When theoretical distributions are not available for this purpose, Monte Carlo experiments with randomly-created data containing no climatic information have been used to generate approximations of the true threshold values (Fritts, 1976; cf. MM05a; Huybers, 2005; Ammann and Wahl, in review”€œnote that the latter two references correct errors in implementation and results in MM05a) (A&W, p. 45)

Numerically, we consider successful validation to have occurred if RE scores are positive, and failed validation to have occurred if RE scores are negative (Ammann and Wahl, in review; Appendix 2). This threshold also has the empirical interpretation that reconstructions with positive RE scores possess skill in relation to substituting the calibration period mean for the reconstructed climate values. (A&W, p.17)

Again, I repeat my comments from my original review. Wahl and Ammann should have deleted all arguments from their rejected GRL paper in the first instance. Climatic Change knew that this paper had been rejected once. There was no basis for Climatic Change to assume that it would be accepted on re-submission and it hasn’t been. Now Climatic Change is in a very unseemly position. I re-iterate my review comments (1) and (4).

Inaccurate Rendering of MM Criticisms etc.
Climatic Change editorial policy, which was sent to me as a reviewer, states clearly that:

technical or logical errors or factual misinterpretations “must be corrected by authors in revisions” often several revisions.

I provided an extensive list of such errors and misrepresentations – literally pages. However, virtually none of these errors and misrepresentations have been fixed. Here I am simply bewildered by Climatic Change editorial practices.

To pick merely one example, in my review letter, I categorically pointed out that we did not “present” an “alternative” reconstruction and yet Ammann and Wahl continue to misrepresent us as doing so. I provided documentation showing that this position had been explicitly stated on numerous occasions. To the references in my original review letter, I add Pearce [New Scientist 2006] which stated:

McIntyre and McKitrick say their work is intended to show only that there are problems with Mann’s analysis: they do not claim their graph accurately represents past temperatures. “We have repeatedly made it clear that we offer no alternative reconstruction” McIntyre states.

It is discreditable that a supposedly “peer reviewed” publication should make errors that are even acknowledged in general journals, such as New Scientist.

Subsequent to my review letter last summer, I met with Ammann in San Francisco in December 2005 and, at that time, categorically told him that we did not “present an alternative” reconstruction. For Ammann (and Climatic Change) to continue to make such misrepresentations is an intentional misrepresentation of the research record within the meaning of most scientific codes of conduct.

Once again, in MM05b[EE], we presented an MBH98-type reconstruction without bristlecones or with reduced bristlecone weight, which yielded high 15th century values. In MM05b {E&E], we interpreted this result as only demonstrating the falseness of MBH claims of robustness to presence/absence of all dendroclimatic indicators, not as an alternative reconstruction. W&A stated that an MBH98-type reconstruction with reduced bristlecone weights (which they called an “MM” reconstruction) was without “statistical or climatological merit”. We agree that an MBH98-type reconstruction with reduced bristlecone weights is without “statistical merit”, but this does not mean that an MBH98 reconstruction with high bristlecone weights has “statistical merit”.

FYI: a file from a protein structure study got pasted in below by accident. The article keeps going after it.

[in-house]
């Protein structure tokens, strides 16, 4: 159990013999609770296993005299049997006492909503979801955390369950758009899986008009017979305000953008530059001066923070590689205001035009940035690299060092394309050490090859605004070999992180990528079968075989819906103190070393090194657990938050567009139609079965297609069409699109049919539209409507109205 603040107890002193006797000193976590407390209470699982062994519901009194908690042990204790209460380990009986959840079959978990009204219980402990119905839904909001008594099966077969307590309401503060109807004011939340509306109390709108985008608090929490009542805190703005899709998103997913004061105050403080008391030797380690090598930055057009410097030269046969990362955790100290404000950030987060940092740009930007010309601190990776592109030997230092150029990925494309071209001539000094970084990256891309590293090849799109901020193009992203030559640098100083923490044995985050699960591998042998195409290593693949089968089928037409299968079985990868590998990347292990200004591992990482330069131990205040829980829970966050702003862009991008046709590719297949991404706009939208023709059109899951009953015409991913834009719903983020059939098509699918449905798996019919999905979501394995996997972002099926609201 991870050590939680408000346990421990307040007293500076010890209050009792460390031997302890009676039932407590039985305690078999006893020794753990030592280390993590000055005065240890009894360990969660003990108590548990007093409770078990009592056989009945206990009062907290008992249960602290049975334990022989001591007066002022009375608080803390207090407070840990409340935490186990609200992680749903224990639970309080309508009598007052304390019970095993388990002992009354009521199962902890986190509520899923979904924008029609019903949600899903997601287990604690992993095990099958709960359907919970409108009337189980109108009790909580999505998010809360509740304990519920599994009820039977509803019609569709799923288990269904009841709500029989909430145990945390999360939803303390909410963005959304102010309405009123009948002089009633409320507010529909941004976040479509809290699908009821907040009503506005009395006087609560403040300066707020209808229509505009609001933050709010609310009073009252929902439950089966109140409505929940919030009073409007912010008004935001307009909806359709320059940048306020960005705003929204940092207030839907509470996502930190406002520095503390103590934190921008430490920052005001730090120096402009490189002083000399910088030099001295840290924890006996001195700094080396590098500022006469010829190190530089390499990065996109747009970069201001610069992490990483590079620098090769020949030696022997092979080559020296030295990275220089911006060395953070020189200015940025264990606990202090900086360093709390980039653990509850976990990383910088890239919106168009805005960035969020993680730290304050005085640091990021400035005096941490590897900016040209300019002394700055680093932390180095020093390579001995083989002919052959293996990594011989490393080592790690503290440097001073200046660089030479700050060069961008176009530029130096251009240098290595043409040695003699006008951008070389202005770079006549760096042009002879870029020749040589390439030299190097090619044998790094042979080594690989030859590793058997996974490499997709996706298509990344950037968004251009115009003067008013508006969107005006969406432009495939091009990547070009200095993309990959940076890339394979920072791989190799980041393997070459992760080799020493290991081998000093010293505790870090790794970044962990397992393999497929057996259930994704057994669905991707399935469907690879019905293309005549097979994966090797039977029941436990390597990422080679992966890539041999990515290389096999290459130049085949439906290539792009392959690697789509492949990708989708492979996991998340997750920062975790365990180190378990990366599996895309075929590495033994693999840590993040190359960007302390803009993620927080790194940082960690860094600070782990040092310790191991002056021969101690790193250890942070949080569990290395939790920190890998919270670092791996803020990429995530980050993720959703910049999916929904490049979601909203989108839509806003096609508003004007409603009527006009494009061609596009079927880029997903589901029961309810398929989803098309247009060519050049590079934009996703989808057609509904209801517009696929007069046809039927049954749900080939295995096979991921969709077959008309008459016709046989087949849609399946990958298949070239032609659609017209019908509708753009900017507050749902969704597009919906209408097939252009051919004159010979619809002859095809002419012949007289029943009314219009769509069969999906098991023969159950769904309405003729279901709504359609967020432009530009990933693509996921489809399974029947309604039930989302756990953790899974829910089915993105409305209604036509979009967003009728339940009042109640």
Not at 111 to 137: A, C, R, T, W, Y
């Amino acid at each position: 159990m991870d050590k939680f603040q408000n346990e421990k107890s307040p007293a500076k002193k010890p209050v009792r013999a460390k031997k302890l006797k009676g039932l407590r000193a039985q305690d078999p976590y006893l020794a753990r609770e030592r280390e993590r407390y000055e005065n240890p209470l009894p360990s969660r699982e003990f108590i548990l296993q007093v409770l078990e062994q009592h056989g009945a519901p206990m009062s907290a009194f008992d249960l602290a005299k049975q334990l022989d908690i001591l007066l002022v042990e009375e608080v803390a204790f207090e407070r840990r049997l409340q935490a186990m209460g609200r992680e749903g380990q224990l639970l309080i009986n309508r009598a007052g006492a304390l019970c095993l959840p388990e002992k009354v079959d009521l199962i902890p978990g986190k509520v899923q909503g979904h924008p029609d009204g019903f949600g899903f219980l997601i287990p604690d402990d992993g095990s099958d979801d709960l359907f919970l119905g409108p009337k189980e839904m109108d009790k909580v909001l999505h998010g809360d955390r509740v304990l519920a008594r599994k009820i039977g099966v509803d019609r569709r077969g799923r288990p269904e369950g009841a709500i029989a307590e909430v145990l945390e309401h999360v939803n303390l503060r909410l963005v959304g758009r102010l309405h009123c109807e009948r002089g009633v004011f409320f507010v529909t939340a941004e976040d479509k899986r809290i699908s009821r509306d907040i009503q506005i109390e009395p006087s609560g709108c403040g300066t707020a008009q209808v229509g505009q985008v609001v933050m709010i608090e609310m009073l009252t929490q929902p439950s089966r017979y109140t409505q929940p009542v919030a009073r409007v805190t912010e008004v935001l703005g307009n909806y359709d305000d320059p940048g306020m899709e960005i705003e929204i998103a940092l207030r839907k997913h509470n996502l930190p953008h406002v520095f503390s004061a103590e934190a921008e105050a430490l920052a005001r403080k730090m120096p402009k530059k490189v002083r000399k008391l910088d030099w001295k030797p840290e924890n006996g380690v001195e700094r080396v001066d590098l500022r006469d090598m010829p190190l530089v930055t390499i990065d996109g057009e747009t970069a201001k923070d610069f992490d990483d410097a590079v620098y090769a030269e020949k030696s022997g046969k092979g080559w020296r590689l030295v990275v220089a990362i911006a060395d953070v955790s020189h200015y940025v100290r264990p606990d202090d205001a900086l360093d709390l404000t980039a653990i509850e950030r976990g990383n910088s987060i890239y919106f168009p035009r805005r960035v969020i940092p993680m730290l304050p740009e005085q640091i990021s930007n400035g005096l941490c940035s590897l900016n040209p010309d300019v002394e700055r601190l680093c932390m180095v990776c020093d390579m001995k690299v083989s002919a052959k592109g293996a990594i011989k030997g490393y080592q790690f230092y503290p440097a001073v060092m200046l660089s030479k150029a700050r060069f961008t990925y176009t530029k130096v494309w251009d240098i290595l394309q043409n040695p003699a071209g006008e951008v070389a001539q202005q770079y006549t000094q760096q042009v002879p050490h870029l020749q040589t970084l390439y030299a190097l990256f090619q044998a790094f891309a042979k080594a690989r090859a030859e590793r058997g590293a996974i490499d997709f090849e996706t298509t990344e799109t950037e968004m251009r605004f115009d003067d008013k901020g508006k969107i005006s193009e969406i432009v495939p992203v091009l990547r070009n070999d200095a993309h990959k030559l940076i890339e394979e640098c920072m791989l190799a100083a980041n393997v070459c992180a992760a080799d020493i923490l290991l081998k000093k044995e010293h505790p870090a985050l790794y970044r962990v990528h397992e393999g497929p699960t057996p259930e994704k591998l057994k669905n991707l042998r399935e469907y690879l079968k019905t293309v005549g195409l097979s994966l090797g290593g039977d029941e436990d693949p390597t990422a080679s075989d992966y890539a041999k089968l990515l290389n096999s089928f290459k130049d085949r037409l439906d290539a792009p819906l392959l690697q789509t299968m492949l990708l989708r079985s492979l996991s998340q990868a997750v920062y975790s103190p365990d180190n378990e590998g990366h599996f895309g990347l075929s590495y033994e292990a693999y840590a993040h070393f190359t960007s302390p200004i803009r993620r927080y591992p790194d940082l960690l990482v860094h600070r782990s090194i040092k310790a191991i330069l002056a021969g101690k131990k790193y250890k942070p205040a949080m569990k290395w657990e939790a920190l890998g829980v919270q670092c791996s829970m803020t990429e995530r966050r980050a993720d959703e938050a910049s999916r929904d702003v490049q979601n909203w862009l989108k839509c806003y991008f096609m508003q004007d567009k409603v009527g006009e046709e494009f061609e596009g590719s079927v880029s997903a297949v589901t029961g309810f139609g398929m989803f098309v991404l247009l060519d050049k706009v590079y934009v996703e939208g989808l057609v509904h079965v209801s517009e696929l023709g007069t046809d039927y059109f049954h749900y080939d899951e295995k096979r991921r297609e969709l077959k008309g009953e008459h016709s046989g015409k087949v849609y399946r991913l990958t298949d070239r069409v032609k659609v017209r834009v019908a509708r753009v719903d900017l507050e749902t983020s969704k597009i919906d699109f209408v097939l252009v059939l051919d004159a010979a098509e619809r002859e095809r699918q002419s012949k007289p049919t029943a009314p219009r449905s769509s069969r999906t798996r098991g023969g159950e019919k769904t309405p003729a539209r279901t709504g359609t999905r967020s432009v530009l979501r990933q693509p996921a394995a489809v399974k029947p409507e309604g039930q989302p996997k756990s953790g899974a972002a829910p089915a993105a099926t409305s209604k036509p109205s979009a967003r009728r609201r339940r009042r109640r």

The salient question arising from this is:

if an MBH98-type reconstruction with reduced bristlecone weights lacks statistical merit, then either all the other proxies are no good or the MBH98 method is no good or both.

We have never argued that an MBH98-type reconstruction with reduced bristlecone weights has “statistical merit”. We have vigorously argued that an MBH98-type reconstruction with high bristlecone weights lacks “statistical merit.”

Provide and Discuss Standard Cross-Validation Statistics
Wahl and Ammann (in Table 1S) have grudgingly and after prior refusals provided cross-validation statistics, but have failed to discuss these statistics. Their results for the AD1400 step are almost identical to the ones that we reported in our GRL article and confirm our claims that MBH98 failed key cross-validation statistics. Obviously this is inconsistent with the UCAR press release in connection with this article stating that all our claims were “unfounded”. Climatic Change should have insisted that these issues be discussed.

Other Issues
None of the review points (5-7) have been addressed.

Based on my prior experience with Climatic Change in connection with the submission by Mann et al in 2004, I had been impressed by your ability to seemingly set aside personal bias in order to maintain journal standards and policies. I understand the pressure on you to accept the Wahl and Ammann article. However, the Wahl and Ammann submission did not comply with journal editorial policies. I provided a detailed and constructive review, which has been ignored. Unfortunately, some of the concerns raised in that review- the reliance on results from a rejected article – have come back to haunt the present article. I can only express my extreme disappointment that, in this case, Climatic Change has betrayed its own editorial policies and has acquiesced in the academic equivalent of kiting checks.

Yours truly

Stephen McIntyre

79 Comments

  1. Steve Sadlov
    Posted Mar 28, 2006 at 4:00 PM | Permalink